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The flight of the monarch builds bridges of communication

September 22, 2017
By BARBARA C. BARRETT , The Luminary

TURBOTVILLE - Chasing butterflies can be fun, but the monarch butterfly is one of nature's wonders and one to watch closely according to Deb Steransky of Muncy. On Sunday, Steransky who is a Master Gardener and a Pennsylvania Naturalist trainee explained how these small, fragile insects start to migrate all the way to Mexico from here every autumn.

Speaking at Montour Preserve in Turbotville on Sunday afternoon, Steransky informed that she is a "long time tree hugger" and recently started with butterfly gardening.

"I like to fish, watch nature and be outside," she said, "and am happy to share what I know." Using some photos and charts, Steransky explained the life cycle of the Monarch Butterfly. As a member of the Central Susquehanna Chapter of the North American Butterfly Association, she explained how everyone there is keeping a close watch on this fragile insect because it is starting to become extinct.

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BARB BARRETT/The Luminary
Deb Steransky of Muncy, explained the life cycle of the monarch butterfly on Sunday, Sept. 10 at the Montour Preserve. While holding a milkweed branch, she explained how critical the plant is for the survival of the monarch. Without it, they cannot complete their life cycle and their population is declining due to the overuse of pesticides.

They feed on milkweed which is a native of Pennsylvania. However due to the overuse of insecticides, the milkweed is disappearing and affecting the monarch butterfly population.

"Now is the time to watch them and look for them," Steransky explained. The offspring will lay a single egg under a milkweed leaf. It will hatch there, lose its shell, then begin to eat the leaf. "It will grow in size up to 2,000 times," she explained, "and can strip a milkweed in no time."

During their metamorphosis, they will seek out a sheltered place, turn themselves upside down and spin themselves inside a silk button, which will be shed. They will stay like this in the "chrysalis" stage for about two weeks before developing wings and emerging as an adult butterfly. "This transition is always a marvel to me," Steransky said.

Along with the monarch there are 12 other species of butterflies that migrate plus many dragonflies.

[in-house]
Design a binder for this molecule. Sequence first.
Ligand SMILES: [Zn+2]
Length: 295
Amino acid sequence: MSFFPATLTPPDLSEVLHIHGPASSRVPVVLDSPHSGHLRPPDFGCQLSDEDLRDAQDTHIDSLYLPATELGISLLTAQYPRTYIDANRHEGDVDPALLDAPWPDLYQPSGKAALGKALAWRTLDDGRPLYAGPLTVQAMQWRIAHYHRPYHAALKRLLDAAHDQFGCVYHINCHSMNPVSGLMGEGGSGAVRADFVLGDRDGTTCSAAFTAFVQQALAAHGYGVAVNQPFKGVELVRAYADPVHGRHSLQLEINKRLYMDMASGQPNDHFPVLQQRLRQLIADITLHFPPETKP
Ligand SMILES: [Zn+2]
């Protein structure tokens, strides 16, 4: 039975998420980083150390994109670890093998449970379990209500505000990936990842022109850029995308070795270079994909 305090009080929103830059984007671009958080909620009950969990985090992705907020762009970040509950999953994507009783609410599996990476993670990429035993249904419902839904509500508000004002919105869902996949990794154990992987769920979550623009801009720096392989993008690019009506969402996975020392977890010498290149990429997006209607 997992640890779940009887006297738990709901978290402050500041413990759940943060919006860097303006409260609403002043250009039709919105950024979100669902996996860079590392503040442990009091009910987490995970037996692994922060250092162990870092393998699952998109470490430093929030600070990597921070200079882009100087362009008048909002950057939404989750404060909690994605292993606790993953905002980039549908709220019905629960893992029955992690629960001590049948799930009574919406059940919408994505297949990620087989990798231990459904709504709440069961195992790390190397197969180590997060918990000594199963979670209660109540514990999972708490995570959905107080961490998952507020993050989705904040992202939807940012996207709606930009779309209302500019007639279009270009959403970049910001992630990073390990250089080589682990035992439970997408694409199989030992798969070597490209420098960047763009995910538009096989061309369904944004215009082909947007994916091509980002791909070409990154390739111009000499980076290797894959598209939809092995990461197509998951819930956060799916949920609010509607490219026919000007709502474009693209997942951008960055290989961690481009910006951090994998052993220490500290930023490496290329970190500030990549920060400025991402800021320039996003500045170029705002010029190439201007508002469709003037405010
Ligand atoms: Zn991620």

A male monarch can be identified by two small black dots on the bottom of their wings. This was discovered when a scientist, Dr. Fred Urquhart, started tagging them. According to Steransky, results of the findings were published in 1976 in National Geographic Magazine titled "The Flight of the Butterflies." The research began in 1940 and it took about 30 years to find out that monarchs migrate from one location to another. Data found from tagging them revealed that a monarch has traveled from Minnesota all the way to Mexico. Pathways were uncovered that determined their survival rate and how far they could actually migrate. Data is still being explored as the monarch has a fascinating biology.

Every year starting in mid August and mid September monarchs in the northern region, including Canada, begin to migrate south. Besides milkweed, they are attracted to sunflowers, wild asters, Joe Pye weed, butterfly bushes and goldenrod.

This year is the 21st annual "Symbolic Monarch Butterfly Migration" across North America. Breeding begins in March and every two weeks a new generation is formed, migrating from Southern Canada to Northern Mexico. "A chemical change takes place in their reproductive system before they take a 3,000 mile flight to Mexico for the winter." There is a population of them that seem to spend some time in Southern Florida.

"They go through Cape May for a count," Steransky said, "before they go further south." Once in Mexico they cover an area of 200 square miles because the micro climate there offers them some protection from the cold.

Steransky showed a photo of them sitting on top of a volcanic mountain 10,000 feet high in Mexico. "There is enough moisture and fog to protect them." They usually arrive there in late October and their arrival is called "The Day of the Dead" because it turns into a big celebration for departed ancestors. Steransky added, "Sometimes their gatherings are so thick, they break the branches."

In late winter they mate, look for food and water, and begin the journey all over again.

However, their population has been declining since the early 80s. In 2013 a low count was reported, probably due to numerous ice storms that year. The monarch is still under file for legal protection, and still in review as an endangered species. "They are part of the Round-up ready corn. Everything dies including the milkweed and the butterflies," informed Steransky. "The milkweed protects them."

As a conservationist, Steransky stressed the importance of growing the milkweed. She brought in a plant for audience members to take the seed pods from and to take them, and plant them somewhere safe. "It is easy to grow," she said, "and it also attracts moths, hummingbirds and nectar seeking bees." The plant will blossom with purple flowers in late summer. She suggests planting milkweed in the back part of the home garden or on property edges.

There is a Monarch Joint Venture Watch that is helping the monarch survive and a movement to create sanctuaries in some of the larger cities and in Mexico. Children protect them and send them north in the spring.

As a former fifth grade teacher, Steransky explained how the monarch migration is building bridges of communication among students in Mexico, the United States and Canada.

 
 

 

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